Is there a connection between invasive plants and declining songbird populations? Well, most songbirds depend on caterpillars for the vast majority of their breeding season food. The tiny Carolina chickadees, which are slightly smaller than our black-capped chickadees, feed their young between 350 and 570 caterpillars per day. Larger songbirds will consume more than that. These caterpillars live on a select group of native plants that they have been associated with for thousands of years, including oaks, cherries and willows.

We use bulldozers and chainsaws to remove these caterpillar-preferred plants to create nearly sterile lawns that include pretty plants imported from other continents. The problem is that these new plants do not host the caterpillars that birds depend on. Caterpillar populations decline, so birds have to spend more time and travel larger distances to find less-nutritious food. Thus, breeding success is reduced and populations decline.

Swamp sparrow — Lanny McDowell

Fortunately, there is county-specific information to help us plant species that host lots of caterpillars. One of these search tools is the Native Plant Finder produced by the National Wildlife Foundation and available on their website: Finder. The National Audubon Society has a similar tool known as Plants for Birds Enter Dukes County, Massachusetts, and these tools will provide a list of caterpillar-friendly native plants.

Bufflehead sightings are eagerly anticipated as they are so much fun to watch. Cynthia Bloomquist, Thaw Malin, Shea Fee and the Martha’s Vineyard Bird Club visited Long Point on Oct. 23 and their highlights were the first bufflehead and the first red-throated loon of the season.

Our winter resident brant showed up at Ocean Park. Bob Shriber found a dozen of them there on Oct. 22 and, the same day, Tony Lima spotted 20 across the road at the town beach. I found 39 grazing in the park on Oct. 24.

The immature snow goose is still there, seen by Bob Shriber and Tony Lima on Oct. 22, and by Matt Pelikan on Oct. 23. On Oct. 25, John Nelson spotted the immature that has been hanging out at Katama Farm for a while.

Harlequin duck — Lanny McDowell

At the opposite end of the island, harlequin ducks have again returned to our rocky shorelines. Bob Shriber spotted the first of the season harlies at Pilot’s Landing on Oct. 22. Through the winter, they frequent the shorelines from there, around Aquinnah to Squibnocket and Lucy Vincent.

Songbirds are not to be outdone. Susan Whiting spotted an eastern meadowlark in the fields at Quenames on Oct. 20, And on Oct. 21 Shea Fee spotted the first Ipswich sparrow –- a pale subspecies of the savannah sparrow -- at Norton Point. She also spotted northern harrier and both saltmarsh and savannah sparrows. Susan Whiting and Bob Shriber spotted a purple finch at the Gay Head Cliffs on Oct. 24.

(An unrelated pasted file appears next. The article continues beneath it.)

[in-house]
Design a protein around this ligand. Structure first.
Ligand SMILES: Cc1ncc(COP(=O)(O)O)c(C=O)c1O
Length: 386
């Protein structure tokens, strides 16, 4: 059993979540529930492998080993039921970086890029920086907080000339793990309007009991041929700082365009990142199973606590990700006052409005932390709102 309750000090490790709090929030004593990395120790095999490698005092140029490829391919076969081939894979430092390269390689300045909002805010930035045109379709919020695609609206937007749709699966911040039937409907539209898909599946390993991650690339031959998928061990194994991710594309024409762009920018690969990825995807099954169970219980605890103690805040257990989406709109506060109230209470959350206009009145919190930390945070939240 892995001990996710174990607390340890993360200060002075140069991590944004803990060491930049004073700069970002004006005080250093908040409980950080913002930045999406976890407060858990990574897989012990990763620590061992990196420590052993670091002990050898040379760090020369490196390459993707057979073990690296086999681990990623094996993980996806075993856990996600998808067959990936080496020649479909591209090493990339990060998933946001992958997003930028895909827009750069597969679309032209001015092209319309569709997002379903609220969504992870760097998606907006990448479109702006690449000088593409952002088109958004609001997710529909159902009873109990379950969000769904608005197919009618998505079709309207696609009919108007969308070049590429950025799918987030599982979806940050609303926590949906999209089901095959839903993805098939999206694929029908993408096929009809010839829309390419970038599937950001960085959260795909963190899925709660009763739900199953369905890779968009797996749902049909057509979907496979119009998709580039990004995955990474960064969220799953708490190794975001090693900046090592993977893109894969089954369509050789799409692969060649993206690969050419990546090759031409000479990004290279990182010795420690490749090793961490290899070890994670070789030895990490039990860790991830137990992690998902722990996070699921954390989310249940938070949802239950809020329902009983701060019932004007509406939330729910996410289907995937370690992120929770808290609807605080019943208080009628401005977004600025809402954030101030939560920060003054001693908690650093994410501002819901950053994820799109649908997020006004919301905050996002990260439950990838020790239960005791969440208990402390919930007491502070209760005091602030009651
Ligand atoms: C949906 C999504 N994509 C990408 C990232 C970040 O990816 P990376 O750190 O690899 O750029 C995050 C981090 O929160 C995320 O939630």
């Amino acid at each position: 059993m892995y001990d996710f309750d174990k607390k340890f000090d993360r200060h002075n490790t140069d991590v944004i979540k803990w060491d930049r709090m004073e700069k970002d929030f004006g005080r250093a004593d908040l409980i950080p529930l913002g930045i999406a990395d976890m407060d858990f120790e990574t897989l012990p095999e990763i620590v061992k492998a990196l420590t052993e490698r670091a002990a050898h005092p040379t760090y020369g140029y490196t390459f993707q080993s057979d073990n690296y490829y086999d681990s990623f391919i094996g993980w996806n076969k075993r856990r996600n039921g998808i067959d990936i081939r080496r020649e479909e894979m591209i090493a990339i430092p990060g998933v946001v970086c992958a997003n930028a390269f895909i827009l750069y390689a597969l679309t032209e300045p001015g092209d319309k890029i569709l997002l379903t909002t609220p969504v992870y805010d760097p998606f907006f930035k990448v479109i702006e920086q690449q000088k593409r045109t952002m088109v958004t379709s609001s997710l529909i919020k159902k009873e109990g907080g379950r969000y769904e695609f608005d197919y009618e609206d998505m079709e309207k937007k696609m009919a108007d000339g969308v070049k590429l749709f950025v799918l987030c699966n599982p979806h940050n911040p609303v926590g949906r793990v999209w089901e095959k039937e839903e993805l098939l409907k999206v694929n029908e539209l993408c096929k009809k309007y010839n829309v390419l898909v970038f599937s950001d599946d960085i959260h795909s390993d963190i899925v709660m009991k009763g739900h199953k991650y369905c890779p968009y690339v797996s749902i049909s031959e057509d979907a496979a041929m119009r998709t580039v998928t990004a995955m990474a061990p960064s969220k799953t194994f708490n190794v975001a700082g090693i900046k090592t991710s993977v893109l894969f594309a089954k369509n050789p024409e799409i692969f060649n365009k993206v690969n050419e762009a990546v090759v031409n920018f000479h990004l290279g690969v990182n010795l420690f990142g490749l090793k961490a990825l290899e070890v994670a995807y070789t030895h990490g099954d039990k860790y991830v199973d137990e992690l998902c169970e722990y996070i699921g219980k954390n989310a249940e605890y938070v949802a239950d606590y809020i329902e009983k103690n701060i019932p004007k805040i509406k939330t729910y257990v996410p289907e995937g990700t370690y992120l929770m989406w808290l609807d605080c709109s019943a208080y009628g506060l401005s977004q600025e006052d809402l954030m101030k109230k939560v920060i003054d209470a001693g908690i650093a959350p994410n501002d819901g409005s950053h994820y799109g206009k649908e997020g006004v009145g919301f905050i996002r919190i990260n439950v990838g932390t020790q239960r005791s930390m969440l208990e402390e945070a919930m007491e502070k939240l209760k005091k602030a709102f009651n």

Lindsay Allison spotted a hummingbird visiting her feeder on Oct. 18, so she was “glad I left it up and changed the sugar water!“ Please remember that, at this time of year, hummingbirds may be a western stray rather than our ruby-throated hummer, so please taken a picture and send it to me so its identity can be documented.

Golden-crowned kinglet — Lanny McDowell

Susan Whiting and Allan Keith visited Hancock Beach on Oct. 19 and found the lingering Hudsonian godwit, as well as red knot, Bonaparte’s gull, and lesser black-backed gull. Two days later, this intrepid duo spotted a black-billed cuckoo at the cliffs, as well as field, chipping, white throated, and swamp sparrows and palm, yellow-rumped, and prairie warblers.

Lanny McDowell visited Crackatuxet Cove on Oct. 21 and found the lingering Eurasian wigeon as well as three rather late barn swallows and blue-headed vireo. On Oct. 25, John Nelson spotted three golden plovers in with the numerous winter-resident black-bellied plovers at Eel Pond. Matt Pelikan saw a lingering solitary sandpiper alongside the pond at the State Forest headquarters on Oct. 23

Ipswich savannah sparrow — Lanny McDowell

Multiple sightings of both ruby and golden-crowned kinglets have been reported. Shea Fee saw both species and a hermit thrust at the Chappaquiddick Community Center on Oct. 19, and again the next day along the Pocha Pond trail with a catbird. Bob Shriber and Susan Whiting saw the kinglets and a hermit thrush at the Gay Head Cliffs on Oct. 24. Morgan Hodgson has golden crowned kinglets at home.

I spotted a brown thrasher, white-crowned sparrow, palm warbler, robins and cedar waxwings at Sheriffs Meadow Sanctuary on Oct. 24. These latter two species have also been consuming the crabapples in my yard. Other white-crowned sparrows have been seen by Allan Keith and Susan Whiting at the Gay Head Cliffs on Oct. 21 and Lanny McDowell at Crackatuxet Pond on Oct. 22.

Katherine Oscar has done a lot of birding this past week. Her highlights include “tons” of yellow-rumped warblers, a kingfisher and a couple of dark-eyed juncos at Felix Neck on Oct. 18, a brown creeper in her yard on Oct. 20, a flock of greater yellowlegs near the Edgartown Lighthouse on Oct. 21, and green-winged teal at Squibnocket on Oct. 22.

Bob Woodruff spotted a flock of Bonaparte’s gulls on the Middle Ground shoals on Oct. 21. Laura Lennihan and Nora Kerrich spotted a wood duck at Felix Neck on Oct. 20.

On the eagle front, Cynthia Bloomquist and Thaw Malin spotted two bald eagles at Sepiessa Point on Oct. 19. And Ebba Hierta observed a peregrine falcon at the Aquinnah cliffs on Oct. 23.

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Robert Culbert is an ecological consultant with Nature Watch LLC living in Vineyard Haven.